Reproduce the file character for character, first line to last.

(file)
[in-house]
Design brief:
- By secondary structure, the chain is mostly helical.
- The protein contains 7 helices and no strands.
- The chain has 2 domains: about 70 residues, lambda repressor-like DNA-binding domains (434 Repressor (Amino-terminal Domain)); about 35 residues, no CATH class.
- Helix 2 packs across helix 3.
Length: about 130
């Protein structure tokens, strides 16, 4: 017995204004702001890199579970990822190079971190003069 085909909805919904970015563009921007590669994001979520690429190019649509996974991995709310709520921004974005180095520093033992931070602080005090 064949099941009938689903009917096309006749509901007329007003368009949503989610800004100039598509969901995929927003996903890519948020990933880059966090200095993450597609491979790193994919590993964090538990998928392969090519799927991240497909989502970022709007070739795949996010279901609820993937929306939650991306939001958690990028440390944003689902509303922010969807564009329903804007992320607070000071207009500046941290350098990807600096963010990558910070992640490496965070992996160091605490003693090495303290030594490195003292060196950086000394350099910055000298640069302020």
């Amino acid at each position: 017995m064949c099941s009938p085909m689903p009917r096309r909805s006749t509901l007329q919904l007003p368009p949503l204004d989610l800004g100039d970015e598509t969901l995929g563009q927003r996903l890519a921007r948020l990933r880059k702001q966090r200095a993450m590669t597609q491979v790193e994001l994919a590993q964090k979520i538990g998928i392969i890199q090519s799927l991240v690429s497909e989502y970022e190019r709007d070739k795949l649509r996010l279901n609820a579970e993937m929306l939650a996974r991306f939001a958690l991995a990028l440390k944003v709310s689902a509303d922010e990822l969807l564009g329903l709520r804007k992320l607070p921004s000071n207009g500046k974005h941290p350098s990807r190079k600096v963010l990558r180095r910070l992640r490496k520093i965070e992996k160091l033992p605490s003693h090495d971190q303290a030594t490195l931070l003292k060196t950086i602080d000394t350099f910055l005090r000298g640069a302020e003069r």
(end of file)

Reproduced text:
[in-house]
Design brief:
- By secondary structure, the chain is mostly helical.
- The protein contains 7 helices and no strands.
- The chain has 2 domains: about 70 residues, lambda repressor-like DNA-binding domains (434 Repressor (Amino-terminal Domain)); about 35 residues, no CATH class.
- Helix 2 packs across helix 3.
Length: about 130
């Protein structure tokens, strides 16, 4: 017995204004702001890199579970990822190079971190003069 085909909805919904970015563009921007590669994001979520690429190019649509996974991995709310709520921004974005180095520093033992931070602080005090 064949099941009938689903009917096309006749509901007329007003368009949503989610800004100039598509969901995929927003996903890519948020990933880059966090200095993450597609491979790193994919590993964090538990998928392969090519799927991240497909989502970022709007070739795949996010279901609820993937929306939650991306939001958690990028440390944003689902509303922010969807564009329903804007992320607070000071207009500046941290350098990807600096963010990558910070992640490496965070992996160091605490003693090495303290030594490195003292060196950086000394350099910055000298640069302020």
């Amino acid at each position: 017995m064949c099941s009938p085909m689903p009917r096309r909805s006749t509901l007329q919904l007003p368009p949503l204004d989610l800004g100039d970015e598509t969901l995929g563009q927003r996903l890519a921007r948020l990933r880059k702001q966090r200095a993450m590669t597609q491979v790193e994001l994919a590993q964090k979520i538990g998928i392969i890199q090519s799927l991240v690429s497909e989502y970022e190019r709007d070739k795949l649509r996010l279901n609820a579970e993937m929306l939650a996974r991306f939001a958690l991995a990028l440390k944003v709310s689902a509303d922010e990822l969807l564009g329903l709520r804007k992320l607070p921004s000071n207009g500046k974005h941290p350098s990807r190079k600096v963010l990558r180095r910070l992640r490496k520093i965070e992996k160091l033992p605490s003693h090495d971190q303290a030594t490195l931070l003292k060196t950086i602080d000394t350099f910055l005090r000298g640069a302020e003069r």